Certainly their findings predicted the potential for the distributed denial-of-service attacks that later took advantage of the proliferation of vulnerable systems to launch broad-scale attacks on well-known websites later that year.
The project recommended the creation of an "International Digital Defense Network" to pro-actively search for vulnerable sites and work to get them to close their vulnerabilities. Discussion on the topic did not seem to take off and there have been no efforts in that area, to our knowledge.
Meanwhile, Magic Software took some real grief for the two live penguins it brought to the LinuxWorld show floor. It seems the animal rights activists weren't too pleased with the idea...
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Date: Thu, 10 Aug 2000 10:50:27 -0400 From: "Eric S. Raymond" <firstname.lastname@example.org> To: email@example.com Subject: OSI "mostly dormant"? Not hardly! Anybody who thinks the Open Source Initiative is "mostly dormant", as claimed in the 10 Aug LWN, hasn't been paying attention. We continue to work hard -- and successfully -- at what have always been our primary missions. We help develop and certify OSD-conformant licenses; we act as a trusted channel between the hacker community and the corporate world; and we occasionally speak out on issues affecting the entire open-source community. Just recently, for example, we played an important role in negotiating the new Python license with CNRI and BeOpen. We may not be making the visible splash some other organizations are, but we're listened to where it counts -- by Fortune 500 executives and heavy Wall Street investor types on the one hand, and by leaders in the open source community on the other. As for the lack of "what's new" updates -- anybody want to volunteer to be our webmaster? Otherwise, I have to do it...and on my travel and work schedule, that's not going to happen really often. -- <a href="http://www.tuxedo.org/~esr">Eric S. Raymond</a> Hoplophobia (n.): The irrational fear of weapons, correctly described by Freud as "a sign of emotional and sexual immaturity". Hoplophobia, like homophobia, is a displacement symptom; hoplophobes fear their own "forbidden" feelings and urges to commit violence. This would be harmless, except that they project these feelings onto others. The sequelae of this neurosis include irrational and dangerous behaviors such as passing "gun-control" laws and trashing the Constitution.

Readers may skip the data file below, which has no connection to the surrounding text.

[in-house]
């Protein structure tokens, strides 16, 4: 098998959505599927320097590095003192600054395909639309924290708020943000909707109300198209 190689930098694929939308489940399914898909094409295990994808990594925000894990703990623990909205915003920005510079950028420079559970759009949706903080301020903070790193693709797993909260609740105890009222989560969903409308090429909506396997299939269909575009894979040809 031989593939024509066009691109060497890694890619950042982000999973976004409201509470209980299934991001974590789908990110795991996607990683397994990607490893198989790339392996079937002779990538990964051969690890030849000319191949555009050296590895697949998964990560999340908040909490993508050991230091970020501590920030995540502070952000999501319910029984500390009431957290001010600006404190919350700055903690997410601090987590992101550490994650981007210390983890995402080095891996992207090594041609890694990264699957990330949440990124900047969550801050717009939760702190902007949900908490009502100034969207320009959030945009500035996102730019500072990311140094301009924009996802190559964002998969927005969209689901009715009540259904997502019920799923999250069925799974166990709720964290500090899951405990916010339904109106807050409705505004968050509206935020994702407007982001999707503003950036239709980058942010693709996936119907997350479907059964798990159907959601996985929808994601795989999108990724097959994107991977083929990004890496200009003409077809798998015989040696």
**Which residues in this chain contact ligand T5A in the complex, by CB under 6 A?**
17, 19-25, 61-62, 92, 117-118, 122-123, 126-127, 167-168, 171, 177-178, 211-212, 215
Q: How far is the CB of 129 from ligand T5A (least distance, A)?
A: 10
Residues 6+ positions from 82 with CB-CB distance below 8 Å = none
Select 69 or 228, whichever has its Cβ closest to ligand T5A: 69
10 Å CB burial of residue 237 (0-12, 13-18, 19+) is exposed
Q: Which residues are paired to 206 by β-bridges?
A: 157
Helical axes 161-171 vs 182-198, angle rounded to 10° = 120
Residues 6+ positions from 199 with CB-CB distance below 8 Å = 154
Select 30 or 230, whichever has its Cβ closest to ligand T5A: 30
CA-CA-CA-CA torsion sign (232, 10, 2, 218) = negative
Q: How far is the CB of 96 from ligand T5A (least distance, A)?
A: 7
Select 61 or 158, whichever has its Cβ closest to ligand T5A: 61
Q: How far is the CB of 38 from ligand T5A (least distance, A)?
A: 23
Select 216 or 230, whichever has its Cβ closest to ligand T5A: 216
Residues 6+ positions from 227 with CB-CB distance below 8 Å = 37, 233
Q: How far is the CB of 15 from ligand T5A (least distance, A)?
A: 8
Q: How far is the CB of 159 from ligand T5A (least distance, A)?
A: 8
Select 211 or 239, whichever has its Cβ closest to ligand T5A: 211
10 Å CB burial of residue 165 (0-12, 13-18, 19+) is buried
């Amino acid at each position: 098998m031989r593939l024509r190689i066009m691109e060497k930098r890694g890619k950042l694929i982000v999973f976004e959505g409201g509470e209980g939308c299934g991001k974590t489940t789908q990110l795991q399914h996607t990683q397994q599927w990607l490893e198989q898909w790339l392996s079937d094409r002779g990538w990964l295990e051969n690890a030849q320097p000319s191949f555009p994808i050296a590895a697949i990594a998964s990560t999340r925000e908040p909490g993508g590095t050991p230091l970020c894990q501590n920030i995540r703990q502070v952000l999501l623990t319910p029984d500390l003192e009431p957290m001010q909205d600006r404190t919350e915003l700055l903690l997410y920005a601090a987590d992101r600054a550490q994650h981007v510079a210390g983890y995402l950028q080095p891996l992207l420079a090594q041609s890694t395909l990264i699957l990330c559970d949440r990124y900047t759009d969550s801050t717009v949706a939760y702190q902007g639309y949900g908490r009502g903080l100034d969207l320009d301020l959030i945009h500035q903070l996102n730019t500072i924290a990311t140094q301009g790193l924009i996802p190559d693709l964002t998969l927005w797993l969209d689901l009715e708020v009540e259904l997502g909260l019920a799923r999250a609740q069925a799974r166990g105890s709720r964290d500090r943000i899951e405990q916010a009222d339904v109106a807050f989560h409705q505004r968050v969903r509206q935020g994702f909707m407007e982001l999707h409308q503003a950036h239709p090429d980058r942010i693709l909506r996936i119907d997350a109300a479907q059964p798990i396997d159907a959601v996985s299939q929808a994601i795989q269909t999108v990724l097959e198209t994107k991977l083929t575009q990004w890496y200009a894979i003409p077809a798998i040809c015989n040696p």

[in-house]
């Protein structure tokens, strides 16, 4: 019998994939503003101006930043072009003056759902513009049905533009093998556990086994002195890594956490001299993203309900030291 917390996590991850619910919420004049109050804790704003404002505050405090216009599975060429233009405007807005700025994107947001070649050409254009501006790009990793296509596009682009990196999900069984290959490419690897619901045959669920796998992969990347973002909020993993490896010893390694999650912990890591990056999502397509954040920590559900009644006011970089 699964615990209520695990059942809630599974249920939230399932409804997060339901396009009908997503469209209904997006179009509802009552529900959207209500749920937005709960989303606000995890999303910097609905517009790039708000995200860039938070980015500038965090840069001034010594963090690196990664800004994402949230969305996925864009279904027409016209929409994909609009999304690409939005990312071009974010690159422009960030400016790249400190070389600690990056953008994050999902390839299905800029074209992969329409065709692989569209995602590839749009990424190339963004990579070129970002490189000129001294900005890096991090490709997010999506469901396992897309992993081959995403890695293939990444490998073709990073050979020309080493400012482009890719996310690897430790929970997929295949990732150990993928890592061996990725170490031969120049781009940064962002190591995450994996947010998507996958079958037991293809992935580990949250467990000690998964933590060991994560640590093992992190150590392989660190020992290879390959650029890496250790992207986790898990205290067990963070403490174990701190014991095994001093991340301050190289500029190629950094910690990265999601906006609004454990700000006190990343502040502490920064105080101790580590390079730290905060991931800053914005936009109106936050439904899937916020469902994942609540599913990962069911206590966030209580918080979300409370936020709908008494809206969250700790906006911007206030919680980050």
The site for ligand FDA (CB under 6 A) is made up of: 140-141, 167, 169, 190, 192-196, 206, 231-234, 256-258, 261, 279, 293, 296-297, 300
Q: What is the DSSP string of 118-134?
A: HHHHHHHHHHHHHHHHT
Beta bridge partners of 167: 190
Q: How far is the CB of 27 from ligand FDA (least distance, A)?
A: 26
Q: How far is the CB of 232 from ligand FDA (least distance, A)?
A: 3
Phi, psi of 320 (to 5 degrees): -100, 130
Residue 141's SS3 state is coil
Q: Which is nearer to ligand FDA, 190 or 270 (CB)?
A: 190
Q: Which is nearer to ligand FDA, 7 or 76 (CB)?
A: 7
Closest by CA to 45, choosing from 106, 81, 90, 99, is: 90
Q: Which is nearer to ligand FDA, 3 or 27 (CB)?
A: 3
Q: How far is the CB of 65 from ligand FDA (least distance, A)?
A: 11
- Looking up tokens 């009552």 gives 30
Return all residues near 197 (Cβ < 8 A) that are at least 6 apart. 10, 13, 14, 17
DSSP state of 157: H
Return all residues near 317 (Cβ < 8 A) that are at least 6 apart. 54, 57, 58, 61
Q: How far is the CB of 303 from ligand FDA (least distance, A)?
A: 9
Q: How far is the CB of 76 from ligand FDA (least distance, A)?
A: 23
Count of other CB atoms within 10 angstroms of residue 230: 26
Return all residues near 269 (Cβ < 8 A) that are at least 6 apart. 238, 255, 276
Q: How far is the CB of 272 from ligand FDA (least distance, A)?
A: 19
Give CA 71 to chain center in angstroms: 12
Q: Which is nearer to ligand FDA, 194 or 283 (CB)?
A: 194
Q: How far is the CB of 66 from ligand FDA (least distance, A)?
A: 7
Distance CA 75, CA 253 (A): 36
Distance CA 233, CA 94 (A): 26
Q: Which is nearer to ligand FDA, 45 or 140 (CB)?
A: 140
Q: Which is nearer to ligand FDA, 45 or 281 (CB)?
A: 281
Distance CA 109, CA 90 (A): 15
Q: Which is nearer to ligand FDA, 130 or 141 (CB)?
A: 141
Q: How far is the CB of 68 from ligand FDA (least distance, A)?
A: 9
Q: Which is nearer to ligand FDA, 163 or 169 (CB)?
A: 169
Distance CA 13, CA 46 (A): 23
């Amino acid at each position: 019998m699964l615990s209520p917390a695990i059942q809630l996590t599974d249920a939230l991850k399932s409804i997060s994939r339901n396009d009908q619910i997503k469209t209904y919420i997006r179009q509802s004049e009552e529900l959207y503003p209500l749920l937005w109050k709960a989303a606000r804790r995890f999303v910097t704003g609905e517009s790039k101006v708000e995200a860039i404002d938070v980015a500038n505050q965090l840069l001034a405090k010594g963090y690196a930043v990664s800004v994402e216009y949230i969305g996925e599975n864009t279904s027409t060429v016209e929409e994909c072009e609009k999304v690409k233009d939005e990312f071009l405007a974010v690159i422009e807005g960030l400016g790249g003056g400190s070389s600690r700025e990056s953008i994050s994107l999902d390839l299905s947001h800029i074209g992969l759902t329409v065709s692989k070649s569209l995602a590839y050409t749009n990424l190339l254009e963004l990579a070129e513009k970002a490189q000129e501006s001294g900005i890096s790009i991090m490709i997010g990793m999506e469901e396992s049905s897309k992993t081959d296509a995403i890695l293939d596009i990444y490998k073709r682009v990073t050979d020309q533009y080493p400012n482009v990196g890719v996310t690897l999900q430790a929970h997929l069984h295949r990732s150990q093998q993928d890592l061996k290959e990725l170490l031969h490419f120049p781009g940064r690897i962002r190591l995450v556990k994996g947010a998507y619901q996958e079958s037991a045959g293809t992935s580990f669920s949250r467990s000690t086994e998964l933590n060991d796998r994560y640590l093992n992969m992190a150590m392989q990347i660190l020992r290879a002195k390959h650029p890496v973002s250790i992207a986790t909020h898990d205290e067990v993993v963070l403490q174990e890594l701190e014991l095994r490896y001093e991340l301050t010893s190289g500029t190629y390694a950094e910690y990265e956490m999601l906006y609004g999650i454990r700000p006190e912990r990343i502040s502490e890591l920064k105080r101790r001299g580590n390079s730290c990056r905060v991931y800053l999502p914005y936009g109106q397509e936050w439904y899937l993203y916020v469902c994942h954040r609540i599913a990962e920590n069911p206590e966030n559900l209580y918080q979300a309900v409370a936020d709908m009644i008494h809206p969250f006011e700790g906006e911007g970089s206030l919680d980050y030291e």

Date: Thu, 10 Aug 2000 19:40:08 -0400 From: Ian Danby <atdanby.KILLSPAM@mediaone.net> To: firstname.lastname@example.org Subject: Re:3D windows. I really like the idea of a 3D desktop system. I believe that 3D done at the GNOME/KDE level makes a lot of sense, and will be necessary for 3D window managers to be written effectively while maintaining compatibility. While the following is a long way off, I have a vision of the future: 'Q3AFM' 'Q3AFM' will be a filemanager that looks like Quake3 Arena, whereby other users are running around the file system at the same time. Directory permissions will appear as rooms that only some users could enter, with the door lock displaying the permissions. Other users can pick up 'invisible' objects that you can't see. Deleting files is a lot more fun! (Rocket Launcher ;) Seriously though, this is a big step in office productivity, whereby an office file server appears as an arena extension to the local users arena, collaborative files appear as objects in that arena that can be picked up and edited or moved to another location. (Of course, some ojects are 'glued' in place as they are read-only, although you can take a clone of the object.) Traversing the directory tree downward involves moving down a slope to the next room. Symlinked directories appear as portals to other areas. Symlinked files have a shimmering blue appearance to them. RCS locked files are in a cage. Executable objects appear as sleeping animals (/bin is an ark maybe??). Lib files will appear as encyclopedias in an ornate wooden library. Document objects are 'projected' onto walls for viewing. ('Conference' areas will be set up with a with lots of wall space, and a umask that allows all documents in the room to be viewed by the participants.) 'Copy and paste' becomes 'clone and drop'. 'Cut' becomes 'pick up'. File modification timestamps are visualized by organic growth around the base of the object. Directory and file sizes are readily apparant from the size of the room or object. Superusers appear as God, and can make objects and users disappear. Users logging off collapse before your eyes. 'du' sends you sprinting around the filesystem looking at all the objects. Your $PATH is visualised as a series of viewports to other rooms. Personal arenas are set up according to the user's tastes, with weird and wonderful textures to be found on on the walls, floors and ceilings. Of course the reality will be: Corporate arenas will probably all end up being dull gray corridors, that fade over time and end up getting 'refreshed' only when user 'painter' logs on again in 2 years time. An NT lava pit will have replaced that arena that held that really important document that you needed. Everyone would always be running through the hallways because they're late for their 'chat' meeting or conference. Monsters will start appearing in any arena that wasn't hidden behind a wall of fire...The 3l33t r00t k1t monster looks really nasty. Unfortunately, I don't have the coding skills necessary to do this. Any takers??